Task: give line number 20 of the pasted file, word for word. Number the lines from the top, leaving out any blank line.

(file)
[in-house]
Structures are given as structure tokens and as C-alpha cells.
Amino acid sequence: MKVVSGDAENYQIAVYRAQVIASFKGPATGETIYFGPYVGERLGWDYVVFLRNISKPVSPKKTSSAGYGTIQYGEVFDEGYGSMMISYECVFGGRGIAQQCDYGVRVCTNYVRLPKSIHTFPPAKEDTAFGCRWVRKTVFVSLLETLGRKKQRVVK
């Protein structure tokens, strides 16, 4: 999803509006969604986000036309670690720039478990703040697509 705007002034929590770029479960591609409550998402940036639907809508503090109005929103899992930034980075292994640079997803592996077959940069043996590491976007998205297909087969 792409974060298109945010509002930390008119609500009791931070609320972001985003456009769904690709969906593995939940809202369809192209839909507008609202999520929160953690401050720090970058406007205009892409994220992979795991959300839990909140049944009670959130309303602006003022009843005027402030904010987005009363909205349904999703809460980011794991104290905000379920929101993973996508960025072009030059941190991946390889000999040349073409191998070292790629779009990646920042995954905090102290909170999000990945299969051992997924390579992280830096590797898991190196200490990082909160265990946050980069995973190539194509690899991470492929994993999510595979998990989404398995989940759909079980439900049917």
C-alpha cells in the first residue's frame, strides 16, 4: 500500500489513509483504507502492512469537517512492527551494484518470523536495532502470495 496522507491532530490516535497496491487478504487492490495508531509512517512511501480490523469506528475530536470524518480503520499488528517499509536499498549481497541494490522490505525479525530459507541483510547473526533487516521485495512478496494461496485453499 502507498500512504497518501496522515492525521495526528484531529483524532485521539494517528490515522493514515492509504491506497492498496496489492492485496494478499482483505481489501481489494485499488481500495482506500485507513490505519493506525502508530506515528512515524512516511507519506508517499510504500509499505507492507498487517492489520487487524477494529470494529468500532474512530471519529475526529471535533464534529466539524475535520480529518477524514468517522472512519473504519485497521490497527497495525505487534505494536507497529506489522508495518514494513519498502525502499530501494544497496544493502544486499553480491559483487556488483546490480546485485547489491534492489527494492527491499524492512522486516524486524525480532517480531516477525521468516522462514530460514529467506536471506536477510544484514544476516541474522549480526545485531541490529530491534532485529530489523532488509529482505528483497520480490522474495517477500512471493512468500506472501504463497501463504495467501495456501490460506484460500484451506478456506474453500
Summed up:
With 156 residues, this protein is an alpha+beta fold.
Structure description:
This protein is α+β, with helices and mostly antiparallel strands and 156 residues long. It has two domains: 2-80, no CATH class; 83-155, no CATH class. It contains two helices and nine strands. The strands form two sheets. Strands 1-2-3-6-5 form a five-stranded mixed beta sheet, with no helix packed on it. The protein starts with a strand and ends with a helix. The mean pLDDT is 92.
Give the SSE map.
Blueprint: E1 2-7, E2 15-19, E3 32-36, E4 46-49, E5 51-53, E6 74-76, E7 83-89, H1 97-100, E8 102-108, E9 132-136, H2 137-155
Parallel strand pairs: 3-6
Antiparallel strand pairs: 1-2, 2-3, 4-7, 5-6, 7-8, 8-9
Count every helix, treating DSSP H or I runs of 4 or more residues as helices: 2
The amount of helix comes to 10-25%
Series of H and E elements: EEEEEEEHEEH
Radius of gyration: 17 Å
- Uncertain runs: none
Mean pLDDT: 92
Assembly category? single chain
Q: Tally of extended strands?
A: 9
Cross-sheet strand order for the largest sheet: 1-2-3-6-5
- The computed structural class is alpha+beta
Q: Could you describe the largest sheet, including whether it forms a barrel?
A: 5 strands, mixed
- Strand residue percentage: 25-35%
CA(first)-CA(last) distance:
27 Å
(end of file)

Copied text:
Assembly category? single chain